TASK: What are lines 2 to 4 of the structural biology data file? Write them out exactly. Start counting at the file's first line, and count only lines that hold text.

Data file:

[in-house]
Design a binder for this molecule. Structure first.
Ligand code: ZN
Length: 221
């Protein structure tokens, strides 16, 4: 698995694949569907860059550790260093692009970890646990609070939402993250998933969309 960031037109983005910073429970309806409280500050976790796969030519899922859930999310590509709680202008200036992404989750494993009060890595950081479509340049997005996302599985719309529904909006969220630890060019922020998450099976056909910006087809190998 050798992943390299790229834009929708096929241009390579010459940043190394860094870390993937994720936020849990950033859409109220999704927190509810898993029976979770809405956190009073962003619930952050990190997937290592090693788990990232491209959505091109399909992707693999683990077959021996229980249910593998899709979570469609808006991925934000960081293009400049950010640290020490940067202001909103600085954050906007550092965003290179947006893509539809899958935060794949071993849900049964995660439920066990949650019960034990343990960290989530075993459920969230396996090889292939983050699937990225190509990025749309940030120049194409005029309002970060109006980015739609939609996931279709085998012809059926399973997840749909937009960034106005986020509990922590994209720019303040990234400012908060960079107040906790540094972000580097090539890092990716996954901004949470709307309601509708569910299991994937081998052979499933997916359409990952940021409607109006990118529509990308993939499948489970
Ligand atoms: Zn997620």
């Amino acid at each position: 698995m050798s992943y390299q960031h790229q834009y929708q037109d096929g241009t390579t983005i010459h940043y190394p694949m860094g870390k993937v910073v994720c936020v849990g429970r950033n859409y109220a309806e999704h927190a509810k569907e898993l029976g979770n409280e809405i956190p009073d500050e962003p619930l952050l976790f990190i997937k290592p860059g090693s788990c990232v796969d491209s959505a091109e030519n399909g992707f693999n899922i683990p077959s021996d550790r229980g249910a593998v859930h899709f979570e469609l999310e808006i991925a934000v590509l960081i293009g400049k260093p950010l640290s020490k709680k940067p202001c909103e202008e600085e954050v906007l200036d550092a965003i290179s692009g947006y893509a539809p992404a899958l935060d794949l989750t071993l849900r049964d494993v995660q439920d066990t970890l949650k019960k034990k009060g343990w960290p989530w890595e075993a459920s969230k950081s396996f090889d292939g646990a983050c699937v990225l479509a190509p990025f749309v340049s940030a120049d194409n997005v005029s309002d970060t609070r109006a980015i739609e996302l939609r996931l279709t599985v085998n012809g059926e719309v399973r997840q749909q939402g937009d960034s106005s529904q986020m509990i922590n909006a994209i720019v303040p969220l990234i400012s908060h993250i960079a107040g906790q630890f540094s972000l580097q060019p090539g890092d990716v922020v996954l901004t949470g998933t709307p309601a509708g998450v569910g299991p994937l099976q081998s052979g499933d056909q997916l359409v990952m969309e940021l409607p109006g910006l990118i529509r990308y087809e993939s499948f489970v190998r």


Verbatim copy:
Design a binder for this molecule. Structure first.
Ligand code: ZN
Length: 221